kafaktee is a replacement for udp2log that consumes from Kafka instead of from the udp2log firehose. It runs on oxygen, consumes, samples, and filters the webrequest to files for easy grepping and troubleshooting. Fundraising also runs an instance of Kafkatee that feeds webrequest logs into banner analysis logic.
- Kafka Dashboard
- Kafka By Topic Dashboard
- Kafka MirrorMaker Dashboard
- VarnishKafka Dashboard
- Logging Dashboard
Kafka is puppetized in order to be able to spawn up arbitrary clusters in labs. Here's how.
You'll need a running Zookeeper and Kafka broker. These instructions show how to set up a single node Zookeeper and Kafka on the same host.
Create a new Jessie labs instance. In this example we have named our new instance 'kafka1' and it is in the 'analytics' project. Thus the hostname is kafka1.analytics.eqiad.wmflabs. Wait for the instance to spawn and finish its first puppet run. Make sure you can log in.
Edit hiera data for your project and set the following:
zookeeper_cluster_name: my-zookeeper-cluster zookeeper_clusters: my-zookeeper-cluster: hosts: kafka1.analytics.eqiad.wmflabs: "1" kafka_clusters: my-kafka-cluster: zookeeper_cluster_name: my-zookeeper-cluster brokers: kafka1.analytics.eqiad.wmflabs: id: "1"
Go to the configure instance page for your new instance, and check the following boxes to include needed classes:
Run puppet on your new instance. Fingers crossed and you should have a new Kafka broker running.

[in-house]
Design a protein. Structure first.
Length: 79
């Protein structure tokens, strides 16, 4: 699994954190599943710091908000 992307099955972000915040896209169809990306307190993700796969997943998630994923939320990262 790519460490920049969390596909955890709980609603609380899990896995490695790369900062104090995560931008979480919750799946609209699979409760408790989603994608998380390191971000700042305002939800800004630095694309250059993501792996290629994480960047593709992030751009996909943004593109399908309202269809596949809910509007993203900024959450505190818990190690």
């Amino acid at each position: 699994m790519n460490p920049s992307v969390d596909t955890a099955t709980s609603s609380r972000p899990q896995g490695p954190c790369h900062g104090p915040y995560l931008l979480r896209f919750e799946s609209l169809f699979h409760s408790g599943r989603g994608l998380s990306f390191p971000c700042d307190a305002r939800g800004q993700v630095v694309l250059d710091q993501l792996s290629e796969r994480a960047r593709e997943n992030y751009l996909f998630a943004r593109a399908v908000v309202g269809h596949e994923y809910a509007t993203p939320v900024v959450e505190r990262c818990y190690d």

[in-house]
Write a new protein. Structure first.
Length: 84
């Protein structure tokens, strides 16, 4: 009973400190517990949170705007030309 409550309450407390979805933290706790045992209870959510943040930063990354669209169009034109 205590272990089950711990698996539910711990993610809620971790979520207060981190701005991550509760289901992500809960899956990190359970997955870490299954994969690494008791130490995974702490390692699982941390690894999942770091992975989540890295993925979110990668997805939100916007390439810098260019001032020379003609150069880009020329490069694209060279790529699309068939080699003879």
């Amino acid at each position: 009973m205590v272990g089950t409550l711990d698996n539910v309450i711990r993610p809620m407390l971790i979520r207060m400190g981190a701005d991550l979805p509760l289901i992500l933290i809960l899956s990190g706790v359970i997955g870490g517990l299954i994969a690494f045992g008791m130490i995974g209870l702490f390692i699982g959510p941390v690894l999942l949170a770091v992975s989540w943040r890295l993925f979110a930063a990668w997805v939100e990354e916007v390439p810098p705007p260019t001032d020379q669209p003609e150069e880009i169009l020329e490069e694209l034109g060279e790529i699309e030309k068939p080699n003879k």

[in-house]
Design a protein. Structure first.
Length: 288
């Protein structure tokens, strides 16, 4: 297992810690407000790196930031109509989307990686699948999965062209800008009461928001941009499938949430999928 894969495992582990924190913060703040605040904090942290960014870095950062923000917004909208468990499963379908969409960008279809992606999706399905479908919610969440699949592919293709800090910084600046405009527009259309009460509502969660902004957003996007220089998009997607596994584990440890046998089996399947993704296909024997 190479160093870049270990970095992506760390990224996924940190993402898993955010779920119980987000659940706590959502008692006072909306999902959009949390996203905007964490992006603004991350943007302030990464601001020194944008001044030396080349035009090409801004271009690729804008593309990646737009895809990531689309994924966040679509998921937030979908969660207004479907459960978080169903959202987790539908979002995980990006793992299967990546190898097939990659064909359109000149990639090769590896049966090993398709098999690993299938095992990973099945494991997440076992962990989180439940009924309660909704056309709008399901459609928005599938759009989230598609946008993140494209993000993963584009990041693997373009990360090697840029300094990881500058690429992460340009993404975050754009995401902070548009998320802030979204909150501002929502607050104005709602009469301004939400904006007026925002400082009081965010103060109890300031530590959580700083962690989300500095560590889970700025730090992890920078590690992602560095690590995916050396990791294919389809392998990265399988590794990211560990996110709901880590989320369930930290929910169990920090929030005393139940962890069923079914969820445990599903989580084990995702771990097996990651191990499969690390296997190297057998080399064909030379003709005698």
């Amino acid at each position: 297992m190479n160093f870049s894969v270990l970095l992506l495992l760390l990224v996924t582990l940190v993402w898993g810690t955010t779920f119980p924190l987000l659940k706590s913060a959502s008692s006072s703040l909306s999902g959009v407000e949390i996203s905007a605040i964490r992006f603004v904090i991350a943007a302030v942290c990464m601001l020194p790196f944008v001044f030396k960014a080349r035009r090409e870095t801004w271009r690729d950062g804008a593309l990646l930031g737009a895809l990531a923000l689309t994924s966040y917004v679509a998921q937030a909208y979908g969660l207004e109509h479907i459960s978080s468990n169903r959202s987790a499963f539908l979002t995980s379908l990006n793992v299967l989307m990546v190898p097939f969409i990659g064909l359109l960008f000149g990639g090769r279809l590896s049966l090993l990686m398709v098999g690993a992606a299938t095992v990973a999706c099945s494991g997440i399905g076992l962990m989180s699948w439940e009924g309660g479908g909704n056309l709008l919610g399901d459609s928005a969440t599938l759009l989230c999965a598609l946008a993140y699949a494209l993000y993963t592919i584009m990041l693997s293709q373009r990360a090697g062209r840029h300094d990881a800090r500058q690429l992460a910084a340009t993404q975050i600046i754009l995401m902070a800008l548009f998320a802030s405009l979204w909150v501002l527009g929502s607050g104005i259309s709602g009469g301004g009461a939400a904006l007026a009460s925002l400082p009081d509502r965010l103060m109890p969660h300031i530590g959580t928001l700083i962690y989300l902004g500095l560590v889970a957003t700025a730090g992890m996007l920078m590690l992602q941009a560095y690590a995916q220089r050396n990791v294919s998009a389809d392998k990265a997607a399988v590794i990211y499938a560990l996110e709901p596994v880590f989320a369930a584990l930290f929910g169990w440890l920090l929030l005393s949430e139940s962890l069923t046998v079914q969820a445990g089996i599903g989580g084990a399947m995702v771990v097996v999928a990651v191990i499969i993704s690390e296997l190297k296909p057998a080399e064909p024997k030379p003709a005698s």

To verify, log into your instance and run
kafka topics --create --topic test --partitions 2 --replication-factor 1 kafka topics --describe
If this succeeds, you will have created a topic in your new single node Kafka cluster.
Kafka clients usually take a list of brokers and/or a zookeeper connect string in order to work with Kafka. In this example, those would be:
- broker list: kafka1.analytics.eqiad.wmflabs:9092
- zookeeper connect: kafka1.analytics.eqiad.wmflabs:2181/kafka/my-kafka-cluster
Note that the zookeeper connect URL contains a path that has the value of kafka_cluster_name in it. You should substitute this for whatever you named your cluster in your hiera config.
How do I ...
Produce/Consume to kafka
Easiest is to use kafkacat, and can be executed in consumer or producer mode
stat1007$ kafkacat -C -b kafka-jumbo1001.eqiad.wmnet:9092 -t test
stat1007$ cat test_message.txt Hola Mundo stat1007$ cat test_message.txt | kafkacat -P -b kafka-jumbo1001.eqiad.wmnet:9092 -t test
Consume avro schema from kafka
from kafka import KafkaConsumer import avro.schema import avro.io import io # To consume messages consumer = KafkaConsumer('mediawiki_CirrusSearchRequestSet', group_id='my_group', metadata_broker_list=['kafka-jumbo1001:9092']) schema_path="/home/madhuvishy/avro-kafka/CirrusSearchRequestSet.avsc" schema = avro.schema.parse(open(schema_path).read()) for msg in consumer: bytes_reader = io.BytesIO(msg.value) decoder = avro.io.BinaryDecoder(bytes_reader) reader = avro.io.DatumReader(schema) data = reader.read(decoder) print data